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Development and Performance of a Microwell-Plate-Based Polymerase Chain Reaction Assay for Mycoplasma genitalium

Dutro, Susan M. MS; Hebb, Jennifer K. BS; Garin, Cresley A. BS; Hughes, James P. PhD; Kenny, George E. PhD; Totten, Patricia A. PhD

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doi: 10.1097/01.OLQ.0000078821.27933.88
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A LARGE PROPORTION OF reproductive tract disease (RTD) syndromes, including urethritis, cervicitis, endometritis, and salpingitis, has no identified etiology and cannot be attributed to major sexually transmitted pathogens such as Chlamydia trachomatis or Neisseria gonorrhoeae. Many of these syndromes have serious sequelae such as pelvic inflammatory disease, scarring of fallopian tubes resulting in ectopic pregnancies and sterility, perinatal and puerperal morbidity, and increased risk of HIV transmission and acquisition. Polymerase chain reaction (PCR) tests to detect Mycoplasma genitalium inpatient specimens have allowed studies showing an association of this organism with several of these syndromes, including urethritis, 1–13 cervicitis, 14,15 and endometritis, 16 suggesting a role for M. genitalium in the etiology of these idiopathic cases.

Mycoplasma genitalium was first isolated from urethral specimens from 2 of 13 men with urethritis in 1981. 17 However, the difficulty of isolating this fastidious organism precluded epidemiologic studies assessing its association with RTD syndromes until PCR tests specific for the M. genitalium MgPa adhesin gene were developed. 18,19 Subsequent to these initial studies, other PCR assays to detect M. genitalium were devised, several targeting the MgPa adhesion gene 2–4,20 and 2 targeting the 16S ribosomal gene, 1,21 allowing several independent studies showing an association of M. genitalium with urethritis and nongonococcal urethritis (NGU) in men. 1–13 Other studies have also assessed the association of M. genitalium with RTD in women by PCR assays. Cohen et al. 16 detected this organism in the endometrium and demonstrated its association with endometritis among women with suspected pelvic inflammatory disease. In addition, 2 studies 14,15 have shown an association of M. genitalium with cervicitis, in contrast to a third study which failed to find an association. 22 These findings underscore the need for future clinical studies assessing the disease associations of, risk factors for, and appropriate treatment regimens for M. genitalium infection.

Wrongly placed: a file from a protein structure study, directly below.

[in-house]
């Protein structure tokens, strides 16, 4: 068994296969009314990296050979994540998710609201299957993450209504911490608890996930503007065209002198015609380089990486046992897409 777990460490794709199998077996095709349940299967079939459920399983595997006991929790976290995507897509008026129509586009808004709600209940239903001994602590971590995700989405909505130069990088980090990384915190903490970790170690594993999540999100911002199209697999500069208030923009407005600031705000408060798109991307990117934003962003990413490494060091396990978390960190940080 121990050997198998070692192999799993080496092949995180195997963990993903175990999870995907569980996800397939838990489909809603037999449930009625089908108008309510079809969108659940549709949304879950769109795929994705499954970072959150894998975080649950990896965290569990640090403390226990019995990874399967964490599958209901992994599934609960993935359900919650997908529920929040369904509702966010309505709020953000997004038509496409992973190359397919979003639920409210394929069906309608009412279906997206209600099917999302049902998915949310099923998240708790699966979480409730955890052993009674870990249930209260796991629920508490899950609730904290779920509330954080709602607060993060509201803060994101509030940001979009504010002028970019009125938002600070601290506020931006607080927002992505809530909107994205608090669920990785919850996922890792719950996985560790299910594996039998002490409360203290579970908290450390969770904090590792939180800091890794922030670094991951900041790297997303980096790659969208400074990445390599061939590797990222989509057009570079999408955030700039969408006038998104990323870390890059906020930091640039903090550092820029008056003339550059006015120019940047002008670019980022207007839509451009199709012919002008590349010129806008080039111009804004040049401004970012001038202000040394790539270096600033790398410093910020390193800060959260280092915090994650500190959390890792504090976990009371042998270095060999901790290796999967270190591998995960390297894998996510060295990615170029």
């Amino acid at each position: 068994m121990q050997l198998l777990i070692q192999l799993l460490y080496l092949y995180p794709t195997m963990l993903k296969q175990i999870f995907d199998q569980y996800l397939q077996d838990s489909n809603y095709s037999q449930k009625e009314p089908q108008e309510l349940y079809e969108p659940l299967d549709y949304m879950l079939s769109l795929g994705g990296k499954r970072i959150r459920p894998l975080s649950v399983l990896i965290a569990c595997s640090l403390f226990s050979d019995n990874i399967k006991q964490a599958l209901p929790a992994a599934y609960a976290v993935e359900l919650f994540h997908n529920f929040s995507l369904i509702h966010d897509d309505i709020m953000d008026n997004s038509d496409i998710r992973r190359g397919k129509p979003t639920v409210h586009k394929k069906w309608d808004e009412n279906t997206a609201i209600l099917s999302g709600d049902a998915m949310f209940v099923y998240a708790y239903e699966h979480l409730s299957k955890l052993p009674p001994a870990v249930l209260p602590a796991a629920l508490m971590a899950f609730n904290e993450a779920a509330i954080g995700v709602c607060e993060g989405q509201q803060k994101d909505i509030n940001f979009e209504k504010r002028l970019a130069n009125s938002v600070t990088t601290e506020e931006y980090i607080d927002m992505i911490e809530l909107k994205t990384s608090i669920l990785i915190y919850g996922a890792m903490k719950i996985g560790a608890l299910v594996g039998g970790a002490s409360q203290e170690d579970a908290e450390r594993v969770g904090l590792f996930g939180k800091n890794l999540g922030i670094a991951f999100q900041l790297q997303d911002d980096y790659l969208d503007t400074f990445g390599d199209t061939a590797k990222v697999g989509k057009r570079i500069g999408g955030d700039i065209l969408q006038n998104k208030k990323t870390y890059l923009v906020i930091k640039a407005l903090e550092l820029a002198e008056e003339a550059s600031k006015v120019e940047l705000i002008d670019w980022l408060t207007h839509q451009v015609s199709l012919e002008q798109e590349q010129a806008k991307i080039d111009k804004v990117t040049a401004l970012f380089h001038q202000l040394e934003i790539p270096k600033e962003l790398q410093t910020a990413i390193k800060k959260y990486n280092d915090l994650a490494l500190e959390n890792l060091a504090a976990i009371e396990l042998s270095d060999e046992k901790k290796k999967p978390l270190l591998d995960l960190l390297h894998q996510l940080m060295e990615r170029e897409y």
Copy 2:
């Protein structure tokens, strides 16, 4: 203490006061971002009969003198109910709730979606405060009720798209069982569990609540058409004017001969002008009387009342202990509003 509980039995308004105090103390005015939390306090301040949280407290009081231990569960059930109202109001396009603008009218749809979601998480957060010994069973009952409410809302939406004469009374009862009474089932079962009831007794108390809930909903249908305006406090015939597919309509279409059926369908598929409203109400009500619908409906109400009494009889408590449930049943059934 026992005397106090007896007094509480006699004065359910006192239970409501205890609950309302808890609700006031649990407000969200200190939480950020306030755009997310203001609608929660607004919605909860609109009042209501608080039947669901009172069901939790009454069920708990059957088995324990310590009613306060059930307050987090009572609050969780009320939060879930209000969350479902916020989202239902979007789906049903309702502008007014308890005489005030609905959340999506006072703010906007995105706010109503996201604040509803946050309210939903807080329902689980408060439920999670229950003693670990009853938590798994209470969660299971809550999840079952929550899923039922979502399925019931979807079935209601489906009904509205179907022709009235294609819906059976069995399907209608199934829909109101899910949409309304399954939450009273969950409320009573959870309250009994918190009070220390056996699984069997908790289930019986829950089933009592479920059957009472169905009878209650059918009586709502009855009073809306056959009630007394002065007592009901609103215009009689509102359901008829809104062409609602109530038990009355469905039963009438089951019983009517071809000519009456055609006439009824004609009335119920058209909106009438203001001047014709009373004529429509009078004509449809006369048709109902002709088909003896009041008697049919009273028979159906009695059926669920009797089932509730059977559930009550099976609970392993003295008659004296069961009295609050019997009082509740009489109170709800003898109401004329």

The currently used PCR assays detect M. genitalium-specific PCR products after agarose gel electrophoresis with 2,4,19 or without 3,18,20 subsequent hybridization with probes specific for the M. genitalium PCR products, by sequencing of PCR products, 12 or by real-time PCR. 21 However, these assays are not adapted for high-throughput processing and thus are not optimal for large-scale screening of patient specimens. In the current study, we describe an adaptation of an MgPa PCR assay 4 from a 48- to 96-well format thermocycler, incorporation of an internal control to detect samples inhibited for amplification, and development of a 96-microwell detection assay to facilitate throughput. We report the use of this assay with cervical and male urine specimens and compare the effect of different urine specimen processing methods on detection of M. genitalium infection by PCR.